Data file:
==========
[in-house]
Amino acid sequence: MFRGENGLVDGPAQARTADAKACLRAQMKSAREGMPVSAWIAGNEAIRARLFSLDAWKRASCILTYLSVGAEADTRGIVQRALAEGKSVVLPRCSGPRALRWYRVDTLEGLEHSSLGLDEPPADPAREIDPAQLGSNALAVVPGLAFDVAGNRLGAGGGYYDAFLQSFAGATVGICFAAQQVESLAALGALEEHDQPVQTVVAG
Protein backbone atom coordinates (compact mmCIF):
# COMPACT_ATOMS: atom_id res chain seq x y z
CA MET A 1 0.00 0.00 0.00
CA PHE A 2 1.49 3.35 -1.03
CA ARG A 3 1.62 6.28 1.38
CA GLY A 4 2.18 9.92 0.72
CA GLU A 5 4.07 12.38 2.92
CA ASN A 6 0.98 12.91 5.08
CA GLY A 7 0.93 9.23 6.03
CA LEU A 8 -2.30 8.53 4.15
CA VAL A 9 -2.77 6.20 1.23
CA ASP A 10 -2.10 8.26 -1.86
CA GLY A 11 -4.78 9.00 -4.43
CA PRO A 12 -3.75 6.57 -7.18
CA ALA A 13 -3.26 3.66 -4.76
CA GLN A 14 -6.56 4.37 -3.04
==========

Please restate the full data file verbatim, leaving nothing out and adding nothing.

[in-house]
Amino acid sequence: MFRGENGLVDGPAQARTADAKACLRAQMKSAREGMPVSAWIAGNEAIRARLFSLDAWKRASCILTYLSVGAEADTRGIVQRALAEGKSVVLPRCSGPRALRWYRVDTLEGLEHSSLGLDEPPADPAREIDPAQLGSNALAVVPGLAFDVAGNRLGAGGGYYDAFLQSFAGATVGICFAAQQVESLAALGALEEHDQPVQTVVAG
Protein backbone atom coordinates (compact mmCIF):
# COMPACT_ATOMS: atom_id res chain seq x y z
CA MET A 1 0.00 0.00 0.00
CA PHE A 2 1.49 3.35 -1.03
CA ARG A 3 1.62 6.28 1.38
CA GLY A 4 2.18 9.92 0.72
CA GLU A 5 4.07 12.38 2.92
CA ASN A 6 0.98 12.91 5.08
CA GLY A 7 0.93 9.23 6.03
CA LEU A 8 -2.30 8.53 4.15
CA VAL A 9 -2.77 6.20 1.23
CA ASP A 10 -2.10 8.26 -1.86
CA GLY A 11 -4.78 9.00 -4.43
CA PRO A 12 -3.75 6.57 -7.18
CA ALA A 13 -3.26 3.66 -4.76
CA GLN A 14 -6.56 4.37 -3.04